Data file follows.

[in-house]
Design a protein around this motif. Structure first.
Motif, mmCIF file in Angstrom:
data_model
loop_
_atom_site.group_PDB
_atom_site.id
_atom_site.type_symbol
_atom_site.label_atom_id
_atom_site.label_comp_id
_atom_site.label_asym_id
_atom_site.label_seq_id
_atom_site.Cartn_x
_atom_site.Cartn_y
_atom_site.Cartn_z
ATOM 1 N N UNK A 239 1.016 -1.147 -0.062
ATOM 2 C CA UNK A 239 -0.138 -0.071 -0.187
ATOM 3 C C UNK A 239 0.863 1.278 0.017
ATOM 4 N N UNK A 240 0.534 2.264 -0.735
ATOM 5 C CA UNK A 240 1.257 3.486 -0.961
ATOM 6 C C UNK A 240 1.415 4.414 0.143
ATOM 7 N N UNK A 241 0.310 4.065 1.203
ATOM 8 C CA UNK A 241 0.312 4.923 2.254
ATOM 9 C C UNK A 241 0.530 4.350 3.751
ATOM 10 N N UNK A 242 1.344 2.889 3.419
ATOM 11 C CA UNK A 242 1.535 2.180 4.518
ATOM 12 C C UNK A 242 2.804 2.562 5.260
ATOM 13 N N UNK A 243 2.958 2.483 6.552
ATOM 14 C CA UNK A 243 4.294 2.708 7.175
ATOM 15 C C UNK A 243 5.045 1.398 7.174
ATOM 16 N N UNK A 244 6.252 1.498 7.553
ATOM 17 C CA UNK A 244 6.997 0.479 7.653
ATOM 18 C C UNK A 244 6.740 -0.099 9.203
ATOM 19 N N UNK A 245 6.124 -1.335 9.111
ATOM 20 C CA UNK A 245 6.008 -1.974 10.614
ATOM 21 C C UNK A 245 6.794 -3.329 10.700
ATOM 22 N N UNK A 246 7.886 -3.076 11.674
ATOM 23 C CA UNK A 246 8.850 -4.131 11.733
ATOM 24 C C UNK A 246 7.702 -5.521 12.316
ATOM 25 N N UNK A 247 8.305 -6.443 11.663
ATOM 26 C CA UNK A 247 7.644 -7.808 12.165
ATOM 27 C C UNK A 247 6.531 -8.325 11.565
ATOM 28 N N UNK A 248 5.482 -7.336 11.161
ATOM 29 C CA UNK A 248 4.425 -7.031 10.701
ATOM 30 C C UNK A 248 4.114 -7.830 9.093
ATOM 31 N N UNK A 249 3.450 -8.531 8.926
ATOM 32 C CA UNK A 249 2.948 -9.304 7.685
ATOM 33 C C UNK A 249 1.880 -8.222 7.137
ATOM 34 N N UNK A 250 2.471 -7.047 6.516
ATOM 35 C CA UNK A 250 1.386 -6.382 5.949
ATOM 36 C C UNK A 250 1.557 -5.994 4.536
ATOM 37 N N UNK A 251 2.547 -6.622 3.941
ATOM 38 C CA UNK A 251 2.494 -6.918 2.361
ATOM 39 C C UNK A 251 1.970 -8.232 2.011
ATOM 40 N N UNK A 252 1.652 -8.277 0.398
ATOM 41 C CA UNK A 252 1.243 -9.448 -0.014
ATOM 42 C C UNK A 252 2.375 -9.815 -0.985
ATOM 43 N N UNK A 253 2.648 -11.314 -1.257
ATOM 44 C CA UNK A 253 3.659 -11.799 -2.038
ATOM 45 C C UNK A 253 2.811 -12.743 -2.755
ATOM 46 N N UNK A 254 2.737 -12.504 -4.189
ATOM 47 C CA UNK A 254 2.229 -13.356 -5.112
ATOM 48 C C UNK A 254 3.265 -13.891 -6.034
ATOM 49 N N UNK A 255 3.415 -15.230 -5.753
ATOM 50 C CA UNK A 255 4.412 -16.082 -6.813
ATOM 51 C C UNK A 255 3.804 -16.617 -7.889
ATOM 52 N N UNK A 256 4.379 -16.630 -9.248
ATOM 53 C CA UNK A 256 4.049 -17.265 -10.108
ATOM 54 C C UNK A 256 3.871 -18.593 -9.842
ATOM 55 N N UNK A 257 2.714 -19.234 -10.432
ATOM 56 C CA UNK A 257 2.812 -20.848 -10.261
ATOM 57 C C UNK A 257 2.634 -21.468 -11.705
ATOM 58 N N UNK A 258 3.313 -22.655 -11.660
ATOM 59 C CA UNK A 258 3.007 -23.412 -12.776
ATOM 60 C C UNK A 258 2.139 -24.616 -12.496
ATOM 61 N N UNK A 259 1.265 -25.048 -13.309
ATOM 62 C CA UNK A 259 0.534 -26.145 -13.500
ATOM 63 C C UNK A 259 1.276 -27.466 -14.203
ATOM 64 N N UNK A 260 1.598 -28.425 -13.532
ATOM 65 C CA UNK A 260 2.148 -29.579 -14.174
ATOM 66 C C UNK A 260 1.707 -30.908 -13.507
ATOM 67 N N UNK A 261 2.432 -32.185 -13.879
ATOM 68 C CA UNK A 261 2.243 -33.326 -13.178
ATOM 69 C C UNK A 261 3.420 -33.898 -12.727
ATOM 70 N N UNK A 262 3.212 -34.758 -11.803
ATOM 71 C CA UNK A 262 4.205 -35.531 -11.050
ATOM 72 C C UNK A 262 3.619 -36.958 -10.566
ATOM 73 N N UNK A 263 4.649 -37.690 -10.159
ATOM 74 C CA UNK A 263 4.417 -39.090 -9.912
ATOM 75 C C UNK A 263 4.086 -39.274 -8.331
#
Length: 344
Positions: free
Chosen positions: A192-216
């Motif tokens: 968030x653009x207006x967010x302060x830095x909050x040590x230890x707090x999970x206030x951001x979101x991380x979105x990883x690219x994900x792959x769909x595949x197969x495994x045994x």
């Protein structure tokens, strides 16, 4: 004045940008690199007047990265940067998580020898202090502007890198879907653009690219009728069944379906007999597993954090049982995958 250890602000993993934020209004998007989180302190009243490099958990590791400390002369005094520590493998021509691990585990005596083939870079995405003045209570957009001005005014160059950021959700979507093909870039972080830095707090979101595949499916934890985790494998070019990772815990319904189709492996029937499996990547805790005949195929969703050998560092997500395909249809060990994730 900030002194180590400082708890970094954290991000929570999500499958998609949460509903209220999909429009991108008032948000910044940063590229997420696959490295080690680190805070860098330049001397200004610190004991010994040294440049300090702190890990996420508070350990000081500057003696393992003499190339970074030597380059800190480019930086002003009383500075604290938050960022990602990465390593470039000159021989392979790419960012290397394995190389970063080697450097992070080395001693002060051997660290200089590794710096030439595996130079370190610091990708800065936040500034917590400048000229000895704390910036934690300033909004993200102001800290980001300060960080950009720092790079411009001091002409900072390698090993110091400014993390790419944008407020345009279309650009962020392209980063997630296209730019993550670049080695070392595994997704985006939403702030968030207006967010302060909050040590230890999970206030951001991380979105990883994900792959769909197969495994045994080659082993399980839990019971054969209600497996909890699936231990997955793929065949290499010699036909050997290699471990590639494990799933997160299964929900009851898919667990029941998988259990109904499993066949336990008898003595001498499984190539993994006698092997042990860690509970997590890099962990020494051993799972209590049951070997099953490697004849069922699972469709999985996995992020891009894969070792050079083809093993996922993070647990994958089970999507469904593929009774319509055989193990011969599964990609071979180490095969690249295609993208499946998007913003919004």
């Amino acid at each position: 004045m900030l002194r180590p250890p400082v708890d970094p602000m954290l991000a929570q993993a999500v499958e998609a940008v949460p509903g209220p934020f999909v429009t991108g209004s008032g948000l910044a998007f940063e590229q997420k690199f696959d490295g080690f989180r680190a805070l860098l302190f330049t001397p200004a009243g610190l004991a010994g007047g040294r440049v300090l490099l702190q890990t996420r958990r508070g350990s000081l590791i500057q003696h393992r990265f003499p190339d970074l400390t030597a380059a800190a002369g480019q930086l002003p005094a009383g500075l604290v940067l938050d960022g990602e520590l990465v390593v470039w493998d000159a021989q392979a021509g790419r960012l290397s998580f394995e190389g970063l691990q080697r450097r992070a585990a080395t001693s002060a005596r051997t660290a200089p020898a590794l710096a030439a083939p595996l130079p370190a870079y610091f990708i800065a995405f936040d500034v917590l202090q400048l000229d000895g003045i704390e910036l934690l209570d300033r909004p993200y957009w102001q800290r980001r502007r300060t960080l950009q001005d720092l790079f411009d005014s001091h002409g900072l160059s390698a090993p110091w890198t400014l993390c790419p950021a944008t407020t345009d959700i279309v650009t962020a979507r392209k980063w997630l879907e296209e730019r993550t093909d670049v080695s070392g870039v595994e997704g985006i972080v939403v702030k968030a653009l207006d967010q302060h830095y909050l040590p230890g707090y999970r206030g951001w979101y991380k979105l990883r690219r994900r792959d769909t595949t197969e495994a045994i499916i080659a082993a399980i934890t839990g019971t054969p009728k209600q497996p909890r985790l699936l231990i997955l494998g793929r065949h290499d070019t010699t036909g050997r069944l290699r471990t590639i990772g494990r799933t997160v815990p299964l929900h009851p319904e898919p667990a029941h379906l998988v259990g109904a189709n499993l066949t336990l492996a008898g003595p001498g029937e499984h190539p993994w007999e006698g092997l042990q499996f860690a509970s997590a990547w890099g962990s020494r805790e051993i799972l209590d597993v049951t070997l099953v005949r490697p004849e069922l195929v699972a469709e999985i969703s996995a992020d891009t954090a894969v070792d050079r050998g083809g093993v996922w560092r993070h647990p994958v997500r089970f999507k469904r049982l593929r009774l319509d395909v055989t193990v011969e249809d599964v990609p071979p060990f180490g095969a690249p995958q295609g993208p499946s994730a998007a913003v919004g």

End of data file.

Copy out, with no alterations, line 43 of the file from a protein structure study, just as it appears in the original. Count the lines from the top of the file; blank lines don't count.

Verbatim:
ATOM 28 N N UNK A 248 5.482 -7.336 11.161